Apple facial recognition tech prompts student to sue for $1 billion after false arrest

The case revolves around a teenager that was falsely accused of stealing from Apple stores.

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In a case of apparently mistaken identity, a student has decided to sue Apple for $1 billion after the firm's facial recognition technology pointed the finger at him for a number of thefts at Apple stores.

Ousmane Bah, a student living in New York, claims in the new lawsuit that he was falsely arrested and charged for the crimes after being mistakenly identified through Apple technology.

According to court documents viewed by Bloomberg, the 18-year-old was the recipient of an arrest warrant in November -- which included a photo which did not resemble him -- and was charged with thefts including one in Boston which took place at the same time he was at an event in Manhattan. 

In total, $1200 in goods were stolen during this one incident. Other examples of theft linked to the case occurred in New Jersey, Delaware, and Manhattan.

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The teenager had previously lost a learner's permit, which did not contain a photo, but may have been used as ID by the thief. In turn, the criminal's face and Bah's name may have been linked together on Apple's facial recognition database.

An investigator examined surveillance footage obtained by the Manhattan store and concluded that the suspect did not resemble the student at all, the lawsuit says.

All cases against Bah have been dropped except in New Jersey.

The lawsuit was filed on Monday. The claim of $1 billion is related to "severe stress and hardship" caused by the alleged false arrest and charges.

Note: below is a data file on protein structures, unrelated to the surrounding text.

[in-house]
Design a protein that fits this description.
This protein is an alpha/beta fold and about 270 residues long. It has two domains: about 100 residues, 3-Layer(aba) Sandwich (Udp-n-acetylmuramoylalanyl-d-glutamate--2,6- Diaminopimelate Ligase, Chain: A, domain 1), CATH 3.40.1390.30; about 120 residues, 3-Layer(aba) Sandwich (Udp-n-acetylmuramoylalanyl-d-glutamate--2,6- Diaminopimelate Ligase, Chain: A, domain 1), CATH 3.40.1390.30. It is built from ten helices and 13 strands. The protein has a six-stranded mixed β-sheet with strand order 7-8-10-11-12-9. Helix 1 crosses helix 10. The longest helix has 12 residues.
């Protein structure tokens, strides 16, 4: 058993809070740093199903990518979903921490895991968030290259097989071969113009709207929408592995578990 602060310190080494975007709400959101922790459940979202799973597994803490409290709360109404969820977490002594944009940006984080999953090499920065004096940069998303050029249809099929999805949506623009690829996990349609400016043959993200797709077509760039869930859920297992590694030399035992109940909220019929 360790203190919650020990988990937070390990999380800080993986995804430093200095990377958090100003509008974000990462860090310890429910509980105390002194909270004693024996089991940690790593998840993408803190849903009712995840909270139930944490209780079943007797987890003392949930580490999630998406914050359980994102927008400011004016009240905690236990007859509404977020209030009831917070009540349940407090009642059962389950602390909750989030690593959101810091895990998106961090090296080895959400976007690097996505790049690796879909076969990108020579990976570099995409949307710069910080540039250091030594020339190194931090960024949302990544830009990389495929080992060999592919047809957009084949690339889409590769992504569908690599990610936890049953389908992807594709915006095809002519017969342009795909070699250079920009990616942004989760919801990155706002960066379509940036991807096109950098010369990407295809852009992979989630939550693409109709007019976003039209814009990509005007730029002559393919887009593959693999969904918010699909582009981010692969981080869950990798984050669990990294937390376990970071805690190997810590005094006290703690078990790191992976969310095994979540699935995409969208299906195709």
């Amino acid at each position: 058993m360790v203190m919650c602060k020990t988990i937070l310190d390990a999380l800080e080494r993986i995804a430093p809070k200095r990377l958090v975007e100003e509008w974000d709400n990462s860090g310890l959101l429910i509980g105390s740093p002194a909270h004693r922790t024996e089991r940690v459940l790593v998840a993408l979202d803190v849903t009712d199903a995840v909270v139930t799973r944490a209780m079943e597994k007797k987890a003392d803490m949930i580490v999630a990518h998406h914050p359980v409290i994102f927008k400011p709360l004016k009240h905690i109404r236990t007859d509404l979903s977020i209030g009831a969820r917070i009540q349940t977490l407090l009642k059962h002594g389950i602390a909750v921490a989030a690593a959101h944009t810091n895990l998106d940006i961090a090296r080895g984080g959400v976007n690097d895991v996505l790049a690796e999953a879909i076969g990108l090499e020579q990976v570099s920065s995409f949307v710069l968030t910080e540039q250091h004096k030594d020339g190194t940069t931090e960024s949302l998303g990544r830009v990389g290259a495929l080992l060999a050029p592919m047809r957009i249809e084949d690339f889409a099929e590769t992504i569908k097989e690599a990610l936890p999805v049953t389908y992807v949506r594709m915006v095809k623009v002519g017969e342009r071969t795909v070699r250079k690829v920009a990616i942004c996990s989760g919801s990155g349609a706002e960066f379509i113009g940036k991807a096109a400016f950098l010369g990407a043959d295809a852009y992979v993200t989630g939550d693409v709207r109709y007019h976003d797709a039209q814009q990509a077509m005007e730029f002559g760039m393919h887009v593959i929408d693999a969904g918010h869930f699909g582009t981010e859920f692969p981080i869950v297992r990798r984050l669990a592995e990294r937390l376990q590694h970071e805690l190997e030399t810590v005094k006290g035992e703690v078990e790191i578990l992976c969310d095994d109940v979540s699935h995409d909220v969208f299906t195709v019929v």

If it is found that Bah was not complicit in any the thefts -- including the outstanding case -- he may be due to some form of compensation for the case of mistaken identity. However, $1 billion may be seen as a stretch, considering the student has not been jailed or appears to have suffered hardship beyond the stress of the court summons.

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This is an unusual case and has a very different core subject than Apple's most recent, publicized court cases.

It has been more common in recent months for the iPad and iPhone maker's court coverage to be related to a years-old fight between the company and US chipmaker Qualcomm, which has resulted in back-and-forth claims of patent abuse, double-dip licensing practices, and an iPhone sales bans across countries including Germany.

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Out of the blue, this month the companies settled their differences, ending all litigation and forging a six-year licensing agreement and a multiyear chipset supply deal,

ZDNet has reached out to Apple and will update if we hear back. 

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